2. I agree with most of that, but think Russell will beat Kubica, Vettel will win the championship, Bottas will be closer to Hamilton, Grosjean will have one of his best seasons in the sport and Gasly will beat Verstappen.

      3. I enjoyed reading this. Quite a few ideas I think are a bit off the mark though.

        I doubt very much that Vettel will be beaten by Leclerc in his first season. They may be quite close though by the end of the season. Leading on from this I doubt that Kubica will be replacing anyone at Ferrari or anywhere else for that matter.

        The other one is I cannot see Daniel finishing as high as 4th in the championship. I like Daniel but I just don’t think the car will be that competitive. He might have a shot at 5th and I think he will beat Hulk.

        It’s a bit of fun though.

        Longer term I can see Vettel leaving Ferrari and Daniel replacing him after 2 frustrating years at Renault. Maybe?!

      4. @jaymenon10

        This very entertaining. I especially liked the part about Gasly, which is both humorous and very likely.

        While I found the part about Vettel a little funny, I think the thoughts about him melting down are misplaced. There is lots of this sentiment out there. Vettel has proven very successful. 4 titles and a mountain of cash from Ferrari. I don’t see him going anywhere unless he is ill. But I do agree Leclerc could beat him, and there could be heartbreak from team orders.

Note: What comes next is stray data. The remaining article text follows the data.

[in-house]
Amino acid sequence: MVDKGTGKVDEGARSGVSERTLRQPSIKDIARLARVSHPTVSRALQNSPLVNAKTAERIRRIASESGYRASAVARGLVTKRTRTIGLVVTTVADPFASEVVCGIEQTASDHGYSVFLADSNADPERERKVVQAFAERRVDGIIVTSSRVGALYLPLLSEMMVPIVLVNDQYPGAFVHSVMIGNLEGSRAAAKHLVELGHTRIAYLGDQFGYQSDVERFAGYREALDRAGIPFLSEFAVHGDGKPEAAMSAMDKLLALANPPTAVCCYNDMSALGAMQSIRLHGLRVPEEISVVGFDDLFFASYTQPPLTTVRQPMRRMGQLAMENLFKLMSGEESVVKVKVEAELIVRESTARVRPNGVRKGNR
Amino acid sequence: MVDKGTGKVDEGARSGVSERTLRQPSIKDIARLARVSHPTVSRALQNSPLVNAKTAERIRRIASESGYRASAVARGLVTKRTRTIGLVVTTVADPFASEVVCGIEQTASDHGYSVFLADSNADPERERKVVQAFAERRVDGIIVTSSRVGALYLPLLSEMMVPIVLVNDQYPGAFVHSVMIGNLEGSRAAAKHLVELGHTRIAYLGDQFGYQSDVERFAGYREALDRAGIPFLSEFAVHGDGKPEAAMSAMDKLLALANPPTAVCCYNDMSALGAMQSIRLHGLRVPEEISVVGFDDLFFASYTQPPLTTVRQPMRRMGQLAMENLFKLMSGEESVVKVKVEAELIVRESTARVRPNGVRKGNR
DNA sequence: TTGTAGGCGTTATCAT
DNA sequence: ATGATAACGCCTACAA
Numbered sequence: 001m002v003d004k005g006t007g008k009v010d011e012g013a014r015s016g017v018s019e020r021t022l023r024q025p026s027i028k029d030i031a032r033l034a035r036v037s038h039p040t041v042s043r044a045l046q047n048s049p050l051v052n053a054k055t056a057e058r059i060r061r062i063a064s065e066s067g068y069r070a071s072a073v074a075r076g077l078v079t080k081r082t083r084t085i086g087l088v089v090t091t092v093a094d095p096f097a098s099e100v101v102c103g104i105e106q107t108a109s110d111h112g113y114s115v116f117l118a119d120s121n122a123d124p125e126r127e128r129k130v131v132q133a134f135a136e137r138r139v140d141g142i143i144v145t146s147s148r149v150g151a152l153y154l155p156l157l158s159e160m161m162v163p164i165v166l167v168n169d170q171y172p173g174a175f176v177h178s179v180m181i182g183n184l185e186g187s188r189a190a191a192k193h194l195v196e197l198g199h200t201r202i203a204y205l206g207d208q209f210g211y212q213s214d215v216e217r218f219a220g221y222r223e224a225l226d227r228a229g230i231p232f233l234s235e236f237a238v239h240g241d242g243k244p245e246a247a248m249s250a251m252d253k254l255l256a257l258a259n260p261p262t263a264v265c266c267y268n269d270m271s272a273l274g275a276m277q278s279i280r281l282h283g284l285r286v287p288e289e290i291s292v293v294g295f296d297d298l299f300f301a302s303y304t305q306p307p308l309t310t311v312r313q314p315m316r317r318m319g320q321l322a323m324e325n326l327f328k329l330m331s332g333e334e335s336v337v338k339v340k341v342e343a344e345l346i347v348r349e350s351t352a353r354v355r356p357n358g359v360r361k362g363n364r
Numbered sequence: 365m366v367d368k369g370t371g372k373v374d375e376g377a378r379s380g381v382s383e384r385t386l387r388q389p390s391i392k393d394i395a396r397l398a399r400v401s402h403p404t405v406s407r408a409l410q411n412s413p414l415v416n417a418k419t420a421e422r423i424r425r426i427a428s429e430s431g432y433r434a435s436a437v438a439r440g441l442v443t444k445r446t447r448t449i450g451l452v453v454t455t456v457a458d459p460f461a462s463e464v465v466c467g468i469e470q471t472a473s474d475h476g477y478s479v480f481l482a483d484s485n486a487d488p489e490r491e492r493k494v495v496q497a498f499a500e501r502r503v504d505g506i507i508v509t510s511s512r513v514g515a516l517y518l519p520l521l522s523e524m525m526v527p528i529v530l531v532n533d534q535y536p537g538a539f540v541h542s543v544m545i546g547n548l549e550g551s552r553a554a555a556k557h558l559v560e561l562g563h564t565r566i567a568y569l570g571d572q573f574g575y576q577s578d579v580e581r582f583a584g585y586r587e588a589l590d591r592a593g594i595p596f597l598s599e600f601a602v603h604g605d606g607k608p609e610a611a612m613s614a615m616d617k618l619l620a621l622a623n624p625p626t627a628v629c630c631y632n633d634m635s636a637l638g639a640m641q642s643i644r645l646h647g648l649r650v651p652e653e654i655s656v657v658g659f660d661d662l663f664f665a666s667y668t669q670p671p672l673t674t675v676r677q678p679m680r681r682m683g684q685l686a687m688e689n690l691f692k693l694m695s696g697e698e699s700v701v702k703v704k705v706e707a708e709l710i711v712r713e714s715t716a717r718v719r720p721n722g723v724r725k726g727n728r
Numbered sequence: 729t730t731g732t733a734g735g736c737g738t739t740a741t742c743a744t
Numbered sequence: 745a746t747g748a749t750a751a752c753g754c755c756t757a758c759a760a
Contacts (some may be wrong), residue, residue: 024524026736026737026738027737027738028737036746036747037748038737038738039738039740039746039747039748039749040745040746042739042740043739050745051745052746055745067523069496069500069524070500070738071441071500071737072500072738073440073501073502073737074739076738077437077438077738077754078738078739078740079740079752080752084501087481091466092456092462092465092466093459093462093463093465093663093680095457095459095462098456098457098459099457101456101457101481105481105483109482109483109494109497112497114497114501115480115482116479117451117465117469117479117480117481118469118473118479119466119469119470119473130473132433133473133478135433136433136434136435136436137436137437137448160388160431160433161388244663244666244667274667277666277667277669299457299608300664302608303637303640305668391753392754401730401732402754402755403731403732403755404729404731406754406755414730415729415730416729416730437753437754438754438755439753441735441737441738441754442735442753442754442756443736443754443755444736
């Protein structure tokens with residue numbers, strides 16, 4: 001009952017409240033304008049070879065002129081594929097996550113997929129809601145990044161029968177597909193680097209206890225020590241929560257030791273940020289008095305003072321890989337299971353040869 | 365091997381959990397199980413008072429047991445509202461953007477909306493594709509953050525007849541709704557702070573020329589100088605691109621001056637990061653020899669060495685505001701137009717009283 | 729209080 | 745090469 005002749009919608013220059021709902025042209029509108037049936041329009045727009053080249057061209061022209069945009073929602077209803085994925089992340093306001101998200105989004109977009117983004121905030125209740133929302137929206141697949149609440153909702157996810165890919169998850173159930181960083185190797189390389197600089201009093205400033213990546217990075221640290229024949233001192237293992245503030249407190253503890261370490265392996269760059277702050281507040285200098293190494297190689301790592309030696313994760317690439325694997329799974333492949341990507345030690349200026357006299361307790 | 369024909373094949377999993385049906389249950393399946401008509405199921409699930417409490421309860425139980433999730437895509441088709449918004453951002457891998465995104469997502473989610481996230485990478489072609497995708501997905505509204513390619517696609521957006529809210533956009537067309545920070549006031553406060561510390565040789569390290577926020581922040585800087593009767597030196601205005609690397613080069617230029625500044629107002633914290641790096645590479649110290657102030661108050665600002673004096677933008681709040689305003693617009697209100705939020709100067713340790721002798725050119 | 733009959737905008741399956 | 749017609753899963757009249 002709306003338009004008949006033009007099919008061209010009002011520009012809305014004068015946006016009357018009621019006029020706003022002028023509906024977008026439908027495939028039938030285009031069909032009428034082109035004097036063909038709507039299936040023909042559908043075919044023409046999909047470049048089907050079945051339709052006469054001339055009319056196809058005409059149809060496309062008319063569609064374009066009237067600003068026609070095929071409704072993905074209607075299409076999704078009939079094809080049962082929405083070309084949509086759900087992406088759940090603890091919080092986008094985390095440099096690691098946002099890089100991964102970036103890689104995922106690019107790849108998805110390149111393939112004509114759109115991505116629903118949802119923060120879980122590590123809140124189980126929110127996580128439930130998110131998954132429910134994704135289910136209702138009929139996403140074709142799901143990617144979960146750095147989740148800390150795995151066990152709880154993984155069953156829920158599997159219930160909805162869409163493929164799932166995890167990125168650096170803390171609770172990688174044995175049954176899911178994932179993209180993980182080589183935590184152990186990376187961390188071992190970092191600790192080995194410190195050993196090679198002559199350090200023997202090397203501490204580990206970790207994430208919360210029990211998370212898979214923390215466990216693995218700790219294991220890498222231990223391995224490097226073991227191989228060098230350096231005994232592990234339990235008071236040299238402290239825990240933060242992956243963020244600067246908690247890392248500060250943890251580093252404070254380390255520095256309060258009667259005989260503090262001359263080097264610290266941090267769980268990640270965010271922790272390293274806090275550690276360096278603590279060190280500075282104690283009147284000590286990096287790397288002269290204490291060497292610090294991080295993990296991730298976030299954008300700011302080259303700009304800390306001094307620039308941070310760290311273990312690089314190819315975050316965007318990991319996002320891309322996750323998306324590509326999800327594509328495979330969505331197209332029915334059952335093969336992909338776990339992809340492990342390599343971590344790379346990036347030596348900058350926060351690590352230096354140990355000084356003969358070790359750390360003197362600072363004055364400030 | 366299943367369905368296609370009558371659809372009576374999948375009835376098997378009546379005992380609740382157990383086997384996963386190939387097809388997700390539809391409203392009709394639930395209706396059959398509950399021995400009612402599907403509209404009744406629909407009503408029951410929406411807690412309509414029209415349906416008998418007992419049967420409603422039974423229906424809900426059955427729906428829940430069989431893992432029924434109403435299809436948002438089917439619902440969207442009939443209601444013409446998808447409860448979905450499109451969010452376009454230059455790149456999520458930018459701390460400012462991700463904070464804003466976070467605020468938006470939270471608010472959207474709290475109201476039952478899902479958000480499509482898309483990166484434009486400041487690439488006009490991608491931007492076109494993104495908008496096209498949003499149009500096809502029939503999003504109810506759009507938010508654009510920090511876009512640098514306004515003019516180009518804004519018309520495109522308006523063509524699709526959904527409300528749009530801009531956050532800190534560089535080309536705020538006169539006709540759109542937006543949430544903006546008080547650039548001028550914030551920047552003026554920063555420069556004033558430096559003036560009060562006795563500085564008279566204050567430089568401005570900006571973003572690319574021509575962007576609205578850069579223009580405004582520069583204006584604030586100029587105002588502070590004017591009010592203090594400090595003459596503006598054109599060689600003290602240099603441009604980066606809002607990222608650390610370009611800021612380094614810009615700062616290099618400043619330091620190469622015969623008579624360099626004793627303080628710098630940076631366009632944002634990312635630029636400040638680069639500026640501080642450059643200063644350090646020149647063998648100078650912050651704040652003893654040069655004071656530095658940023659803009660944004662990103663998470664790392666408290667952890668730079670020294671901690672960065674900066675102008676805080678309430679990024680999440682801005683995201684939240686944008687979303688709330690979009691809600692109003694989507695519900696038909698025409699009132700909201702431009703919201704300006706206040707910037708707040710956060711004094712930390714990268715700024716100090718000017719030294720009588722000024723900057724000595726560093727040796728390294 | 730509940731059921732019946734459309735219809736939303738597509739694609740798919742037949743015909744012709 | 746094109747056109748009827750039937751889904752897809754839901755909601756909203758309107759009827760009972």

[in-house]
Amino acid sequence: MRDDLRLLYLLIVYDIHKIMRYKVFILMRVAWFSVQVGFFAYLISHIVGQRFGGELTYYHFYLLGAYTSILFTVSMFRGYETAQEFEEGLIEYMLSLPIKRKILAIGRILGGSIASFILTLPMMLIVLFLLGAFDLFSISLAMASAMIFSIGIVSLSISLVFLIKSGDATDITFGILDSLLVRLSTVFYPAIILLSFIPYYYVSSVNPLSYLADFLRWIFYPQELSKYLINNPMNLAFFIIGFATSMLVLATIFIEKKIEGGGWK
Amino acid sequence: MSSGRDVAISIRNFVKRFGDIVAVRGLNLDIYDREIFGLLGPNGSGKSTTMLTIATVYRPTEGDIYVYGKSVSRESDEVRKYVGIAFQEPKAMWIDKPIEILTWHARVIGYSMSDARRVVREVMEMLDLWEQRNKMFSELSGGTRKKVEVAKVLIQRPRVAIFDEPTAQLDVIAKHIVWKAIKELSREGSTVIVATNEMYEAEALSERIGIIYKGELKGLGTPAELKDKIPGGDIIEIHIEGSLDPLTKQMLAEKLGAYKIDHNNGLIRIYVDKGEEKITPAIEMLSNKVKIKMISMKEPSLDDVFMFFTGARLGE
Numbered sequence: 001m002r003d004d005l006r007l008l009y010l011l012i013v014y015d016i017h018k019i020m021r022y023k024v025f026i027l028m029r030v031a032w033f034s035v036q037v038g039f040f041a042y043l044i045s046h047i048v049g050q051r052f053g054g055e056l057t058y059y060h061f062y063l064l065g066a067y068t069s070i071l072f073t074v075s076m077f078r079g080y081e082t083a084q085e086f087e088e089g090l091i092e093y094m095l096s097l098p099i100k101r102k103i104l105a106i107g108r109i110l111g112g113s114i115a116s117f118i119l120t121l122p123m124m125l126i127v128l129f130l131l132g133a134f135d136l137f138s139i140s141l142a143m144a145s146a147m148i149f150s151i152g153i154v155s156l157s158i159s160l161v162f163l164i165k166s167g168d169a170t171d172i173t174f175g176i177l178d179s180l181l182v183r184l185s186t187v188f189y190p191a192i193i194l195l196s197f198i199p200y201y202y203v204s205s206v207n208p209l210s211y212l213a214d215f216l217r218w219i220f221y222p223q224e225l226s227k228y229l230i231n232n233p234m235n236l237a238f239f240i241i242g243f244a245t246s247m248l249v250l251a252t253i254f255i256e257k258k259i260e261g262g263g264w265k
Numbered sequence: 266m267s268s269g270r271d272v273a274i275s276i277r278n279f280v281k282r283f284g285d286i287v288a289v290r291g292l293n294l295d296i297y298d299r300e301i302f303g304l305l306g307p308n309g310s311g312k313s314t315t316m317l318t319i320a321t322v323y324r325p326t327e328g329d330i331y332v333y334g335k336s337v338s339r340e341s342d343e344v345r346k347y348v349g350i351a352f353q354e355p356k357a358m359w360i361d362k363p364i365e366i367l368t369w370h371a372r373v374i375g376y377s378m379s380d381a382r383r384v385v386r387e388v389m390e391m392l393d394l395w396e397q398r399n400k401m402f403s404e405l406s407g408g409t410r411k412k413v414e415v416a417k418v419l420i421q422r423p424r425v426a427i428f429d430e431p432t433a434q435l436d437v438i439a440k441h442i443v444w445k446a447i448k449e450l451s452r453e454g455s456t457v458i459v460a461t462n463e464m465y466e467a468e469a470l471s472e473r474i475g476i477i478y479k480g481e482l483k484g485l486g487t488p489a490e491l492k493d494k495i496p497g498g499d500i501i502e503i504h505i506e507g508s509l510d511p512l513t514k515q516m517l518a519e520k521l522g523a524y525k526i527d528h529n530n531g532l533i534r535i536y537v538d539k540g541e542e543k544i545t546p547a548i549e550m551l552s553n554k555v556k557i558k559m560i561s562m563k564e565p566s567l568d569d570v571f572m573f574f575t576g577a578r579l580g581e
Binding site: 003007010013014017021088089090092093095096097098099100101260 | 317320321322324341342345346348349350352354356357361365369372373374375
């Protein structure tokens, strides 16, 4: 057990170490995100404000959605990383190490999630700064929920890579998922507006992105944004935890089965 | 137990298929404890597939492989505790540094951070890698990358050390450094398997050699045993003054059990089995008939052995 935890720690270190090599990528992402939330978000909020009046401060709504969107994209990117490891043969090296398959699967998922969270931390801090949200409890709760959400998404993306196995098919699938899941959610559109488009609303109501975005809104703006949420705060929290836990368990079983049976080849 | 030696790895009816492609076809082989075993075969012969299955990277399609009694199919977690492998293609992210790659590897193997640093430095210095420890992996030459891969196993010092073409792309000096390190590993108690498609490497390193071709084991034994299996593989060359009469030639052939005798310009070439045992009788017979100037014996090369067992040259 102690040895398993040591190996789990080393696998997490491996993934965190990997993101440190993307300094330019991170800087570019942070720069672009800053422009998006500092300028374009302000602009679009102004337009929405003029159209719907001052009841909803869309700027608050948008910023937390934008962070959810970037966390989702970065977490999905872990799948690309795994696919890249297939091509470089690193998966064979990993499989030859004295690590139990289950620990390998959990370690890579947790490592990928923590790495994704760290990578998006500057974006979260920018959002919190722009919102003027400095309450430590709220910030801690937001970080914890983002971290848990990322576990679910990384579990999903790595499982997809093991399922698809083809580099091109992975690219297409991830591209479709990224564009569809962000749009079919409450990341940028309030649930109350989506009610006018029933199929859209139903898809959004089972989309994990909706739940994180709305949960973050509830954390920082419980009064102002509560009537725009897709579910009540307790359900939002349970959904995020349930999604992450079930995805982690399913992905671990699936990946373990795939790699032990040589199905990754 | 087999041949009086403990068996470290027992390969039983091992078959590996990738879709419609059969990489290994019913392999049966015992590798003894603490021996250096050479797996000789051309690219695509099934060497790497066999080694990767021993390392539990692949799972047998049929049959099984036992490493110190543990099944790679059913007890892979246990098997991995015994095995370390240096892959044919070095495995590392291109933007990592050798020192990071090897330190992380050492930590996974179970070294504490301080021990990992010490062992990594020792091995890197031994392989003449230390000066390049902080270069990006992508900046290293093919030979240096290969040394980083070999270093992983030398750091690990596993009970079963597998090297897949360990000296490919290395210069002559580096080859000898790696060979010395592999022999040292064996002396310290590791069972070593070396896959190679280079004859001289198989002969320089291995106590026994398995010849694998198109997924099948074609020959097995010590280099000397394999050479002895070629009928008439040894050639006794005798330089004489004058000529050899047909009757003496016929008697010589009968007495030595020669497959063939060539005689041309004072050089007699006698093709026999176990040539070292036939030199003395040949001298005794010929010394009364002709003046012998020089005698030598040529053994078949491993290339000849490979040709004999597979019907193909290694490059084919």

5. @jaymenon10

        I am going to bookmark your comment.
        I want a lot of your predictions to come true and although some of them seemed a little bit impossible/impractical, I thoroughly enjoyed reading this.

    8. I somehow don’t believe that Hamilton will join Ferrari at any point in his career. I think the idea of creating an era with Mercedes appeals to him more. And Mercedes suits him to a tee, and I’m not sure Hamilton’s personality will necessarily be as well-suited to the pressure-cooker environment at Ferrari. And I also think he’ll feel a sense of loyalty towards Mercedes. Moving to their only rivals currently would certainly disappoint more than a few at Brackley.

    9. Red Bull could provide some real drama next year. I think Ricciardo managed himself very well against two better rated teammates, often beating them. But Verstappen could barely take it in Brazil when he was beaten to pole.

      I think if Verstappen doesn’t dominate Gasly from the start there will be turmoil at Red Bull.

    10. “… when Force India was purchased by a consortium managed by Lawrence Stroll, father of Lance, Ocon was doomed to a season on the sidelines.”

      Which demonstrates that Stroll Sr. is more a fan of his son than he is of F1.